Papain is an enzyme derived from pineapple and papaya fruits. It has many topical uses including wound debridement and face creams.
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Papain's protease activity is also used to tenderize meat.
Papain is a sulfhydryl protease enzyme derived from pineapples and papayas (Carica papaya). Papain is used in a wide variety of enzymatic formulations, and as a digestive aid is sometimes called "vegetable pepsin".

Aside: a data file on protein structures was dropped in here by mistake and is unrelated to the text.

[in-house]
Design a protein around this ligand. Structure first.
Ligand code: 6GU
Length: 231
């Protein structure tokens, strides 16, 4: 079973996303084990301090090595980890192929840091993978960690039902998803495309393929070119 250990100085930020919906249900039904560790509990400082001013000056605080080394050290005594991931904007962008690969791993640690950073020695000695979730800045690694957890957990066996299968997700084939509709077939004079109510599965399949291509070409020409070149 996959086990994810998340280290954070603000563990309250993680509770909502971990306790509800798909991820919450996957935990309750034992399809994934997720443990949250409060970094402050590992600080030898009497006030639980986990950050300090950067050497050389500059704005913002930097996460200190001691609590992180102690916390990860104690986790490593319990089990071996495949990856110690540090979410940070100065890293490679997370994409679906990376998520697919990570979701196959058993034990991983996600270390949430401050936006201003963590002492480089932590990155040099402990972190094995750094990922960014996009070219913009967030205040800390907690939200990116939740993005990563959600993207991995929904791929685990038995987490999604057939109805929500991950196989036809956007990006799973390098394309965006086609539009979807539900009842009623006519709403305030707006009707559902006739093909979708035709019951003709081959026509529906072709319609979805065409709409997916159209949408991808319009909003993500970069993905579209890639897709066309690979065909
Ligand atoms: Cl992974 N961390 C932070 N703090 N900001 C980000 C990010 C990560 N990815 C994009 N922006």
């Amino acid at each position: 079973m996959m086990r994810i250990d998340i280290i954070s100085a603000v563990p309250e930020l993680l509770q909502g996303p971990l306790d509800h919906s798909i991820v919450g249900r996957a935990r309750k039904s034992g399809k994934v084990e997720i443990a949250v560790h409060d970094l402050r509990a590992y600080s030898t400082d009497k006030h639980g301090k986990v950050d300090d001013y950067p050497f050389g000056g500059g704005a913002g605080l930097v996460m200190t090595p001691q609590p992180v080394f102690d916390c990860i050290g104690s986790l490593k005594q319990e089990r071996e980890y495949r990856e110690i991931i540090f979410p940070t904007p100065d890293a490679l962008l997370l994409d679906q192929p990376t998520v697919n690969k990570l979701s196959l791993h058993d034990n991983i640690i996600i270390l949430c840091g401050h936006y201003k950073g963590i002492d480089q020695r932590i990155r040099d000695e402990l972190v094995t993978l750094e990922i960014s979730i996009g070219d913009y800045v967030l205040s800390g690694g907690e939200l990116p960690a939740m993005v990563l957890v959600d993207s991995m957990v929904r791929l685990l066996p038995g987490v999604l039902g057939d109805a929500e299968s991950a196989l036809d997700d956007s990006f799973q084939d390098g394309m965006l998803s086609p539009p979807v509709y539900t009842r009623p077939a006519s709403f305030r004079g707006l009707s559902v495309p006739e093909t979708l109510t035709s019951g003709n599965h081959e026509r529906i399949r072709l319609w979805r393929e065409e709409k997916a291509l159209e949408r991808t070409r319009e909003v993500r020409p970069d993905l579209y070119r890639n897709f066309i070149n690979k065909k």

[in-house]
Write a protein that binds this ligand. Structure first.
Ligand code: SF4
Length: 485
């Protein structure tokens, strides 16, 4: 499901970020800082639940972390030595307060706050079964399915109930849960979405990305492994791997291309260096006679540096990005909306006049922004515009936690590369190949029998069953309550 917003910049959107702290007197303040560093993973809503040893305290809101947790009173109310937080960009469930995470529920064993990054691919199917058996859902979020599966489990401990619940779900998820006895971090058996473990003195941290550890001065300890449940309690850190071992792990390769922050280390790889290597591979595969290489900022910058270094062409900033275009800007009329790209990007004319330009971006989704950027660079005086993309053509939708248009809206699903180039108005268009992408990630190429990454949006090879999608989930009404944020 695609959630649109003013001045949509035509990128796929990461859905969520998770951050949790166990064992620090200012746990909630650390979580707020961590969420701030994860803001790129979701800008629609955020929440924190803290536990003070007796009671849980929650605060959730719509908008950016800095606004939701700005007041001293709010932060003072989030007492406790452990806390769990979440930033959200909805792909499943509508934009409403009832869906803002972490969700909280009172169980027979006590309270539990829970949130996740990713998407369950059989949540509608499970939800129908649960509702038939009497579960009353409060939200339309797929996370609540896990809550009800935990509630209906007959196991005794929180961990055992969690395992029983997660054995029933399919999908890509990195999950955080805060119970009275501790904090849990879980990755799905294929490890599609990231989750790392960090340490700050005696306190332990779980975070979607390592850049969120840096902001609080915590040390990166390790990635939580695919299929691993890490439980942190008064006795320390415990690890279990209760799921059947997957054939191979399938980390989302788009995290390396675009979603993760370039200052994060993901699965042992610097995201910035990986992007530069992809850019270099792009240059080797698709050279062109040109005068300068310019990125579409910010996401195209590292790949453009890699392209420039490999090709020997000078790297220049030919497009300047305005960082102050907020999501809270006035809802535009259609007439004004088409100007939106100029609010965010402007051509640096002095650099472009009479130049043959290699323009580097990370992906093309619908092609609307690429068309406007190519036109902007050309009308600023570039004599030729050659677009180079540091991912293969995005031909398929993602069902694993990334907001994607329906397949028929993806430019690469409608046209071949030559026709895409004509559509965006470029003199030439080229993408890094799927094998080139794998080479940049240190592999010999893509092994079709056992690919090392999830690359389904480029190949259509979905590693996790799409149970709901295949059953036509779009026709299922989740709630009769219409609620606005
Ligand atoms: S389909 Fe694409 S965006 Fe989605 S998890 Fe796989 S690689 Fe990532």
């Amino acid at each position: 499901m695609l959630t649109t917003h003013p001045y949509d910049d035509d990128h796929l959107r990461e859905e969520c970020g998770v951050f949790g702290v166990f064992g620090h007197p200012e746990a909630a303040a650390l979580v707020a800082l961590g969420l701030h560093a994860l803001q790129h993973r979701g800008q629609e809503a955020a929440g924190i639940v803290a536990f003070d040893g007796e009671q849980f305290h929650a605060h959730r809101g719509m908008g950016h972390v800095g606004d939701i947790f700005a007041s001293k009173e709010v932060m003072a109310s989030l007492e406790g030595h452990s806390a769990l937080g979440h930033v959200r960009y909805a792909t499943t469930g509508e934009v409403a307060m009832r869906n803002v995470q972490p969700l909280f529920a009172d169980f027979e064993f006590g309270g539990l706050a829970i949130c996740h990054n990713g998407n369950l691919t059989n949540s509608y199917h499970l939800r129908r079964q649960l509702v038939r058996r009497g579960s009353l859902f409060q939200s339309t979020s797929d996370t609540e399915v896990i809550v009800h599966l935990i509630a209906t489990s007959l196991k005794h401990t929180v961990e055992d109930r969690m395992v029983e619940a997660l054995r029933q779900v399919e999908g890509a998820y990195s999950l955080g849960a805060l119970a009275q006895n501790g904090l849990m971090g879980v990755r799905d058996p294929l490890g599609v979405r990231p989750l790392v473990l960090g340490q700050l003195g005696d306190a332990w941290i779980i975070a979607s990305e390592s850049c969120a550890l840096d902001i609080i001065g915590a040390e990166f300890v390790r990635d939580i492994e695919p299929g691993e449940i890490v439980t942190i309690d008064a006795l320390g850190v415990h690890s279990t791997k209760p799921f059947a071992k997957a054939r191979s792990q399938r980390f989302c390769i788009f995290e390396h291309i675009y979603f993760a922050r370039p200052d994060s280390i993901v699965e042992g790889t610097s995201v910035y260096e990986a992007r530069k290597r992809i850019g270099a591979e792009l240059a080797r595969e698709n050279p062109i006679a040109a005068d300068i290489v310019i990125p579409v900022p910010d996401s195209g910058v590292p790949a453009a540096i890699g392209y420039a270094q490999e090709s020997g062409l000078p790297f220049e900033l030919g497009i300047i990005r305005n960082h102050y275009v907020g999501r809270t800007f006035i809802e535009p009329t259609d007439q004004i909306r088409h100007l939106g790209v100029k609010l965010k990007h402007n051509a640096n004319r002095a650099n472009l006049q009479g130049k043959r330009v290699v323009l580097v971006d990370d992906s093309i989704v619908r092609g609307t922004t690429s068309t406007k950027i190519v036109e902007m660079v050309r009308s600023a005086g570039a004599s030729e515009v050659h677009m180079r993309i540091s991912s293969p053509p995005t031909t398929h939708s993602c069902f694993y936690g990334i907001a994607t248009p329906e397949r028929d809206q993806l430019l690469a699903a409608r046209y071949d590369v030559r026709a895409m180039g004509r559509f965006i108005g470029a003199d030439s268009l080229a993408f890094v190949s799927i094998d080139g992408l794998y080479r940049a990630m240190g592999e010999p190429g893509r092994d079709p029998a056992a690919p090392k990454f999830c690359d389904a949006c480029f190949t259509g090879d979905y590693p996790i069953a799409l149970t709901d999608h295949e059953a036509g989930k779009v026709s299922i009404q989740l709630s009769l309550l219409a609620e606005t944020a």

Function; Why it is Recommended
Papain is one of the most stable plant enzymes and is active in a wide pH range (3-11). Among its many reported biologic activities, papain has been shown to be anti-inflammatory and antiedemic.
As any enzyme, papain is often expressed in units of activity. Common unit types include: FCC or N.F. units, milk-clotting units (MCU), gelatin-digestion units (GDU) or casein digestion units (CDU). Papain is listed in both the N.F. and U.S.P.
It has been used for such conditions as sores, ulcers, chronic diarrhea, tumors, hay fever, and psoriasis. It is most often used as a digestive aid.
Severe irritation to the skin is not uncommon when used topically.